Everything’s Alright

On and on life spins, but not out of control.
More like the old Motorola rola-ing reliably at 33 RPM’s,
As the fancy record changing spindle
Splats the next vinyl disc on the turntable bringing music to my ears:
Donny Osmond, Elton John, Jim Croce
Neil Diamond, Mozart, Bach.

No one person has to check all the boxes.

Then I wait, contemplate, hesitate
As life tells me my options are fewer than I thought
Didn’t think I’d have to deal with fear and hate
while in this state of finding which song needs to play today
“You like Barbra? And Judy?” – The “gays” love them, too.
Who told you you’re allowed to rain on my parade?
Oh God… maybe someday.
Somewhere. Over the rainbow.

No one person has to check all the boxes.

The time has come to synthesize, metamorphize, anthropomorphize
In a new way, to a new song, as the next record drops…
I hear it’s actually not good for the vinyl – oh well –
That skip in Jesus Christ Superstar will always have a special place:
If you try, you’ll get by – try, you’ll get by – try, you’ll get by – try, you’ll get by…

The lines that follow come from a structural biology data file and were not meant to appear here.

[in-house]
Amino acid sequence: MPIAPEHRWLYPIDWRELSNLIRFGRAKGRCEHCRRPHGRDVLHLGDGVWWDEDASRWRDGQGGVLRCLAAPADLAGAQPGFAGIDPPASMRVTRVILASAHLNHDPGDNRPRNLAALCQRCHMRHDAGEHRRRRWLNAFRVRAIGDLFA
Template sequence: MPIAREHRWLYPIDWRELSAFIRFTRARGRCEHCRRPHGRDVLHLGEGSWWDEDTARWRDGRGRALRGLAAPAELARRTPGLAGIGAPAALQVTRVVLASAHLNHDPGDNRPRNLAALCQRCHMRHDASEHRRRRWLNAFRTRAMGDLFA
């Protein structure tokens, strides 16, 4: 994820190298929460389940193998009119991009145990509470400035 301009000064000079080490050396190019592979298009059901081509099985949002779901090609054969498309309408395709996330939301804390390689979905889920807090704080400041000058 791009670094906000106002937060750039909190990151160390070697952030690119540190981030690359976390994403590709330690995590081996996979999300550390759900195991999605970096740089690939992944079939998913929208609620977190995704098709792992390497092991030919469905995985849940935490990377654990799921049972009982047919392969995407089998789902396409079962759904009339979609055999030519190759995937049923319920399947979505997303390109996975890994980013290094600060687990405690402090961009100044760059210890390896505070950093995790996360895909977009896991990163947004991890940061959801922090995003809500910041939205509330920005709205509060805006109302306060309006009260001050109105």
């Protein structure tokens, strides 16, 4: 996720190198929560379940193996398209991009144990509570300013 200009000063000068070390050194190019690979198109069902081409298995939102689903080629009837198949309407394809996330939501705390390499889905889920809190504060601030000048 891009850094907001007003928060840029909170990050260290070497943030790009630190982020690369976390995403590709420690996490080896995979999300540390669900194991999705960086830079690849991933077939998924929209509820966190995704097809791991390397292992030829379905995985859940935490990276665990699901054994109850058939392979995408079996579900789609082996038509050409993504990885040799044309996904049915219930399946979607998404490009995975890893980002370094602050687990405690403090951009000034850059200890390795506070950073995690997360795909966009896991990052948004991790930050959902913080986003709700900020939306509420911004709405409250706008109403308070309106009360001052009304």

Everything’s alright, yes, everything’s fine…

No one person has to check all the boxes.

Today’s form is at the suggestion of TWO friends, so it must be a sign. This is the “Bop”, pioneered by Afaa Michael Weaver.

Not unlike the Shakespearean sonnet in trajectory, the Bop is a form of poetic argument consisting of three stanzas, each stanza followed by a repeated line, or refrain, and each undertaking a different purpose in the overall argument of the poem.

The first stanza (six lines long) states the problem, and the second stanza (eight lines long) explores or expands upon the problem. If there is a resolution to the problem, the third stanza (six lines long) finds it. If a substantive resolution cannot be made, then this final stanza documents the attempt and failure to succeed.


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